Barrett believes telephone, cable, and satellite are the only routes to broadband, and thus the government should subsidize the ILECs, cable head-ends and the remaining satellite provider (once Echostar finishes buying DirecTv).
But Barrett's Big Government solution is about to be challenged by a host of new market players, based partly on the metaphor that the frequency spectrum isn't an Interstate Highway, but an ocean, where the only rule should be "don't interfere."
Already 802.11 or WiFi is being commercialized through "hot spot" aggregators like Boingo and Metropolitan Area Network (MAN) operators such as U.S. Wireless Online,. The Ultrawideband working group has presented evidence to the FCC indicating all frequency can be shared, and at low power there is no interference. Japan's NTT has delivered wireless speeds of 2.5 Gbps in the lab, and says the ultimate speed limit may be as high as 10 Gbps . The number of broadband wireless providers using unlicensed spectrum keeps growing, according to former Boardwatch columnist Steve Stroh . It reminds me of the early days of the dial-up Internet.
If Barrett persists in ignoring his own company's work and pursuing Big Government solutions when the free market can do the job, he ought to be fired.
Steal of the Year
How would you like to have an irreplaceable network of fiber cables, with virtually unlimited capacity (once you invest a bit in upgrades), and minimal competition from other phone companies, for about 1/20th the cost of building it yourself?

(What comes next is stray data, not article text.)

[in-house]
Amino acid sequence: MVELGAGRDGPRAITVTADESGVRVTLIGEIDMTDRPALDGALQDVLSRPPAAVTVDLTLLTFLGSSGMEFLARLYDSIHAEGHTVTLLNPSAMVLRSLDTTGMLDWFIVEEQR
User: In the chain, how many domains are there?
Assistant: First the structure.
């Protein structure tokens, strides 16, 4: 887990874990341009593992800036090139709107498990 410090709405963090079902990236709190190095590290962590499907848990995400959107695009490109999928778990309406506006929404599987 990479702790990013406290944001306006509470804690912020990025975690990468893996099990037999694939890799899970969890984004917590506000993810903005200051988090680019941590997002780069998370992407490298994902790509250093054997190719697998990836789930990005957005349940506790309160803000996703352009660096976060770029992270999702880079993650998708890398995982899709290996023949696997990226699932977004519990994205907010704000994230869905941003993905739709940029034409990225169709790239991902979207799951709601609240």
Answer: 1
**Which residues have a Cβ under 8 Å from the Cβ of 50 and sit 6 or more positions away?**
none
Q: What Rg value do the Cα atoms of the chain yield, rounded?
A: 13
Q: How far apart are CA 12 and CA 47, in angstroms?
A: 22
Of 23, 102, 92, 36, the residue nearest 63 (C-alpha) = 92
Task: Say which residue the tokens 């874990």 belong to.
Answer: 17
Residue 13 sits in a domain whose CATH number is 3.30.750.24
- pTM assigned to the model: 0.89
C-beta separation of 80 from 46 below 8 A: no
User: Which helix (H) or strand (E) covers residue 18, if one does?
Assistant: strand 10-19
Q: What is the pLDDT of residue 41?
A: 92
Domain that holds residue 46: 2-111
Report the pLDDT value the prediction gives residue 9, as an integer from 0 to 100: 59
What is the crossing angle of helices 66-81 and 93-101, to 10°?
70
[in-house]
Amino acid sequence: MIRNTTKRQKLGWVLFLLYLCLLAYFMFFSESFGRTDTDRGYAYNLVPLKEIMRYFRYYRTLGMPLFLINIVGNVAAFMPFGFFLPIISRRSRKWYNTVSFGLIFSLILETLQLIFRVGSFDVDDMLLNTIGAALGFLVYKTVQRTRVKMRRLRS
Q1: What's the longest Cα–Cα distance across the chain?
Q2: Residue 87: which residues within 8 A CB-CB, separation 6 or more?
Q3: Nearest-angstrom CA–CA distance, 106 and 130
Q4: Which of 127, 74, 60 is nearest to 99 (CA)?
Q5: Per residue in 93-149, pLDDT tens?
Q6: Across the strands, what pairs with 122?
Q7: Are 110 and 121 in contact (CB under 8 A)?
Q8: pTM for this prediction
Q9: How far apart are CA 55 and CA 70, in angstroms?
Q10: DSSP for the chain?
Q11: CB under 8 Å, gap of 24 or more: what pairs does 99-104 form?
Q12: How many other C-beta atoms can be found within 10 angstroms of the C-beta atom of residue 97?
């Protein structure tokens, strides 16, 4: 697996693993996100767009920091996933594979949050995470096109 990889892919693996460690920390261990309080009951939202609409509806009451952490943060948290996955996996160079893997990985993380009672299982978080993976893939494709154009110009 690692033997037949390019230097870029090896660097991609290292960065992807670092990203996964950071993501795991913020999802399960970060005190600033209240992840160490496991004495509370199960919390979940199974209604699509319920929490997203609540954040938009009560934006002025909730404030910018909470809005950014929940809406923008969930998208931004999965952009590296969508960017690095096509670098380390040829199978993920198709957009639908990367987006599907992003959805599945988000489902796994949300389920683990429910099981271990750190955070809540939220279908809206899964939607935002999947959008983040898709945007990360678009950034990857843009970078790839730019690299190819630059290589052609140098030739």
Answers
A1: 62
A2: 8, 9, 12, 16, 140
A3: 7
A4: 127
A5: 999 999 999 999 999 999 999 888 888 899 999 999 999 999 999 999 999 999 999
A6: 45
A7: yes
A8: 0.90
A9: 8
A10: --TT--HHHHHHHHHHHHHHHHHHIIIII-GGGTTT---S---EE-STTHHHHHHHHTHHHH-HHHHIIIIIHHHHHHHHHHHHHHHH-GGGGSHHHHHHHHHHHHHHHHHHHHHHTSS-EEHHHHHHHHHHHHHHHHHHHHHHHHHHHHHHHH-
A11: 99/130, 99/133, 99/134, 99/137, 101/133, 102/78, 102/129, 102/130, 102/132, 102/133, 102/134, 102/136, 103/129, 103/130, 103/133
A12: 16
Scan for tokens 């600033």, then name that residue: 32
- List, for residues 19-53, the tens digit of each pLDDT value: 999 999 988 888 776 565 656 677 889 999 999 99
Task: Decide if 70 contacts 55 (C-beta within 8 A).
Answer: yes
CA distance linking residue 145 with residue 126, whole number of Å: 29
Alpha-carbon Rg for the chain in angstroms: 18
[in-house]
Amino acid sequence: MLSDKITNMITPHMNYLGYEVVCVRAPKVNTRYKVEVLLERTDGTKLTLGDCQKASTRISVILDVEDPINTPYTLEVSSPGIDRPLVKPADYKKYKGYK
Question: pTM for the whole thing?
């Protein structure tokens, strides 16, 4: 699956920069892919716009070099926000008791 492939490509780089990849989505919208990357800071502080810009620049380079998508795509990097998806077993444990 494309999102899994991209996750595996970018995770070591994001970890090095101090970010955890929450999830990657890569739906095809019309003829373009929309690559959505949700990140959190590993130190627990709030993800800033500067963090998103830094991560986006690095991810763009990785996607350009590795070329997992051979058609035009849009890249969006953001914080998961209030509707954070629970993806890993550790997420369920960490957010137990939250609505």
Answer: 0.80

You would? Well, no American would, which is why Chinese and Singaporean interests were able to grab control of Global Crossing last week for the ridiculously-low price of $750 million . The American investors who built these lines will be shut-out of equity, while Asian powers with questionable stands on Internet Liberty will be given a choke hold on the medium's growth.
It's a choke hold because the potential of fiber keeps growing. A lit fiber's capacity can be expanded with equipment on either end of the line practically infinitely. The companies that own these lines will be able to meet the capacity growth of the Internet for years.
And they got it for practically nothing.
W3C Gets Closer to Reality on Patents
The World Wide Web consortium announced a new policy on patents that sounds like it meets the needs of the community, but has enough legal language to drive Bill Gates' mansion through it (and onto your desktop).
According to News.Com W3C members must disclose patents that are applicable to any standard. (So far, so good.) But if a patent is determined to be "essential," a committee can still place it in the standard with royalties, called "reasonable and non discriminatory."
Sparky, for most people in this world, any royalty is too much royalty. The idea that patented, royalty-based technology will be "essential" to the development of any W3C standard is nonsense. This is a smokescreen designed to slip Microsoft technology (or worse) into the Web standard and force everyone else to pay for it. Read the abstract, and if you agree with my interpretation let Dan Weitzner know now.
Clued-in is Philips Electronics , which decided to protect its own trademarks by insisting that copy protected CDs aren't true CDs at all.
Clueless is Mendocino, California , which let a local Luddite named Arthur Firstenberg convince it that electromagnetic waves cause health problems , and thus stopping wireless broadband service is healthy. Mr. Firstenberg is a loony.